Elaine Fogel

Web sites

Surprised businesswoman looking at tablet

© Can Stock Photo

With all that technology offers, it’s easy to lose its advantages when people cannot read your digital content. What do I mean by that?

Let’s look at some of the reasons why your content may be turning people away:

1. The font type is too small.
Depending on who you’re targeting with your digital content marketing, there are plenty of those who cannot read fine print sizes without special glasses, or at all.  Approximately 14 million individuals in the United States aged 12 years and older are visually impaired. In addition, most people will develop presbyopia around the age of 40, or even younger. Presbyopia is the difficulty in seeing things near.

As diabetes cases increase and the population ages, presbyopia numbers will increase, too. Then, factor in the size of people’s screens, especially mobile devices. Using small font types because they look pretty may be a barrier to the audiences you’re trying to engage.


2. The font type is too light.

You’ve probably seen Web sites and blogs that use a light gray font on a white background. Look at this example and see if it’s difficult to read. What do YOU think?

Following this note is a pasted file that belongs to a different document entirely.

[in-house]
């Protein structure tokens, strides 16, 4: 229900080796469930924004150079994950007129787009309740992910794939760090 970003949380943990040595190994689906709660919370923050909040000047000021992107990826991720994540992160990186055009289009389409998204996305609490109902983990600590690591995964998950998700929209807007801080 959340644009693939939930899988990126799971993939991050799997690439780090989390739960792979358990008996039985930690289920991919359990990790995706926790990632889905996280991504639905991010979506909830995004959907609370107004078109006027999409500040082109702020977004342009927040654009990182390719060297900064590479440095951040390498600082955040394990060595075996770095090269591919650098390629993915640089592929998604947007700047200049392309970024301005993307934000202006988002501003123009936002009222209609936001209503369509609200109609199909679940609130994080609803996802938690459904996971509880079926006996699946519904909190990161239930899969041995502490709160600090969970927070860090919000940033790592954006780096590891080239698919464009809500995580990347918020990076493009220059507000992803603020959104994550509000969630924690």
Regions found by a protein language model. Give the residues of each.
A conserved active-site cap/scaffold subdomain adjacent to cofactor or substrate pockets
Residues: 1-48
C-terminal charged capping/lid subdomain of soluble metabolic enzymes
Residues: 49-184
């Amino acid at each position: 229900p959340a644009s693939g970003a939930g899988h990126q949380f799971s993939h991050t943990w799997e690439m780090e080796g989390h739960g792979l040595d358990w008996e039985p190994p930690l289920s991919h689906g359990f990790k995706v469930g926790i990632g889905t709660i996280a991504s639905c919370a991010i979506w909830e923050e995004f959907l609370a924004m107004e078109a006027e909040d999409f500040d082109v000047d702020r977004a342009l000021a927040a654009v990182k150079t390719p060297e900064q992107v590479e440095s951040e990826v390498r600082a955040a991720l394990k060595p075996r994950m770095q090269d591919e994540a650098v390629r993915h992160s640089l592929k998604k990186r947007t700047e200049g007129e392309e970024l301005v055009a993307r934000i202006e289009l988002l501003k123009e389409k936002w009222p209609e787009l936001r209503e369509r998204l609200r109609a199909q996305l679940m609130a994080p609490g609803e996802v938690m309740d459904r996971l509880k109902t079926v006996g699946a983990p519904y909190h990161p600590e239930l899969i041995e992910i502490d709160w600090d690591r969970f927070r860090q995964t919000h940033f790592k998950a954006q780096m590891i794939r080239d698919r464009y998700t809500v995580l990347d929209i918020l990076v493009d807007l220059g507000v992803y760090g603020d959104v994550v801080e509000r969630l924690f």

3. There’s a lot of white reverse font on a dark background.
Another challenging content design flaw is reading white reverse font on a dark background. It may be OK for short content, but not OK for an entire page of it. Here’s what it looks like:


4. The paragraphs are too long.
Most Internet readers will browse or skim your online content. You can make it easier for them when you break up paragraphs with sub-headers and use bullet points or other visual tools.

5. The content is poorly written.
Nothing will send visitors packing more than poorly-written content. I am such a stickler for proper grammar and spelling. If you’re trying to attract new people, make sure you proofread everything!

It’s also a good idea to have someone else read your draft before you publish it. Sometimes what you write makes perfect sense to you, but may be confusing to others.

6. The reading level is too high.

Another thing to watch is the reading level of your content. If it sounds like an academic paper, that’s fine if you’re an academic, but not for organization or business content marketing. You can check the reading level using Microsoft Word. Here are the instructions:

  1. Click the File tab, and then click Options.
  2. Click Proofing.
  3. Under When correcting spelling and grammar in Word, make sure the Check grammar with spelling check box is selected.
  4. Select Show readability statistics.